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Divorcing at an older age

Although statistics suggest that the rate of divorce may be stabilizing across the US, one demographic is experiencing in increase in divorce rates. Americans aged 50 and older in Massachusetts and elsewhere are turning to divorce now, more than ever before.


A professor at a leading university asserts that in 1990, less than one out of every ten people who filed for divorce were age 50 or older; today, that number has skyrocketed to one in four. 

Although the reasons for filing for divorce at a later age may differ for each individual, older adults who are ending their marriages share some commonalities. 

One is a more complex division of marital property, as each spouse may have accumulated a diverse set of assets over the course of their lives.  

Sociologists suggest that there are many factors that lead older Americans to seek divorce. Many have stayed in lackluster marriages as their children have grown to adulthood, believing that prolonging the split would be easier on their children. Another approach on aging suggests that 50 may be the new 30. Unhappy spouses recognize that they have the potential for longevity, recognizing that there may be a long road ahead plagued by unhappiness in their existing marriage. 

Additionally, more women are now engaged within the workforce, and are no longer financially dependent upon their husbands for financial stability. The American Association of Retired Persons supports this theory, pointing out that women over age 50 initiate divorce more often than men. It was once believed that people approaching retirement age were disinterested in romantic entanglements, seniors today enjoy a wider range of dating opportunities as well as decreased social stigma attached to dating after 50.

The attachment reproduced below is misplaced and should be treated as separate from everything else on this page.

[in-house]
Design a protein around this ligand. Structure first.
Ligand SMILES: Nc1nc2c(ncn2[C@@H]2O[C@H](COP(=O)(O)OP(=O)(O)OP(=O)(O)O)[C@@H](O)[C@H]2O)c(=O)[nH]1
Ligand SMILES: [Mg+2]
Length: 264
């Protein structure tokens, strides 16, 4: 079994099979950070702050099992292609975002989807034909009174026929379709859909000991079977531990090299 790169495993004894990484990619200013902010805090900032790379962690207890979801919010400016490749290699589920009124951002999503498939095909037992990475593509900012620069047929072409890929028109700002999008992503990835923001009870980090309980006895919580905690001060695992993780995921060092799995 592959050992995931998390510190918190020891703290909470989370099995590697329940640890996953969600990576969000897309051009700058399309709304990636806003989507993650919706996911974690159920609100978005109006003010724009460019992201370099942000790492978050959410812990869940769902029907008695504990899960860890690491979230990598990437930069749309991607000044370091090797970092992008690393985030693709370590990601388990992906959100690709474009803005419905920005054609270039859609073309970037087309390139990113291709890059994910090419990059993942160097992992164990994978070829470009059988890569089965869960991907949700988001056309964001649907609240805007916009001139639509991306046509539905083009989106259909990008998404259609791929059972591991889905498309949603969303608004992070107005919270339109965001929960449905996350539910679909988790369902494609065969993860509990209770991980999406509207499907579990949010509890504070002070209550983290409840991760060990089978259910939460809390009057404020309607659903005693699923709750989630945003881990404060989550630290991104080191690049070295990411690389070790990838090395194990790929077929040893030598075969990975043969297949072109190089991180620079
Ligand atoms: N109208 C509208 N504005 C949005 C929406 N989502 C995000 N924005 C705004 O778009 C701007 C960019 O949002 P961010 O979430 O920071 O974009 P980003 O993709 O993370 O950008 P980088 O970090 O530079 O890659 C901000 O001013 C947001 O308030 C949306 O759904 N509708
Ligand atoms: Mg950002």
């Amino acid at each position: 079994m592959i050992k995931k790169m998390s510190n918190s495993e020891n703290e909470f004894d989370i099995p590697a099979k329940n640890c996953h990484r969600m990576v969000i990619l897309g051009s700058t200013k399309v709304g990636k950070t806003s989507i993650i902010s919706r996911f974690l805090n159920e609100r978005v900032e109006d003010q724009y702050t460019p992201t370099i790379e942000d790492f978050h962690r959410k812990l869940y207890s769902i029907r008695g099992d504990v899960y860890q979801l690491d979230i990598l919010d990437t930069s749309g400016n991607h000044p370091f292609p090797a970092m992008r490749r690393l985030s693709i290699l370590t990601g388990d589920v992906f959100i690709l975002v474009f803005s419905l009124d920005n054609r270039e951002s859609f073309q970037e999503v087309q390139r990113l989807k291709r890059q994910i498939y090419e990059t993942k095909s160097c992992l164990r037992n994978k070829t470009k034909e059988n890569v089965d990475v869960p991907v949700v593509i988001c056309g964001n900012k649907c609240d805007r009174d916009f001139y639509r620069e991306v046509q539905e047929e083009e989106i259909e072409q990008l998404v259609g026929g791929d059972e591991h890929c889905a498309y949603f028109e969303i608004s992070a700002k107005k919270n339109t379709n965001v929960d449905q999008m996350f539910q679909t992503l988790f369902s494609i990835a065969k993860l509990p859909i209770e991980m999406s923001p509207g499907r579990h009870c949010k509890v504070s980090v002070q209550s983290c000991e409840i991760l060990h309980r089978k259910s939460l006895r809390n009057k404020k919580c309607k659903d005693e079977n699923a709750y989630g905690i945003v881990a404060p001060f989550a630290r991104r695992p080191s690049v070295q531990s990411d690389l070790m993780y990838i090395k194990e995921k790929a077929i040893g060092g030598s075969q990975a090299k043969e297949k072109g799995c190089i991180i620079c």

Couples who decide to split later in life confront a range of issues far different from their counterparts in their 20s or 30s. Social Security benefits, retirement accounts, pensions, stock options, investment funds, businesses, real estate and other assets need to be carefully considered throughout the divorce process.

Older adults in Massachusetts need to take into consideration how the division of marital property will affect their retirement plans as well as their future stability. Those who study divorce statistics and trends expect the number of older adults filing for divorce to continue to rise. In fact, over the next 20 years, it is predicted that there may be a 25 percent increase in divorce filings among Americans who are more 50 years old.

If you, or someone you know is considering divorce or going through a divorce, call an experienced attorney at the Law Offices of David M. Gabriel & Associates to schedule a consultation.

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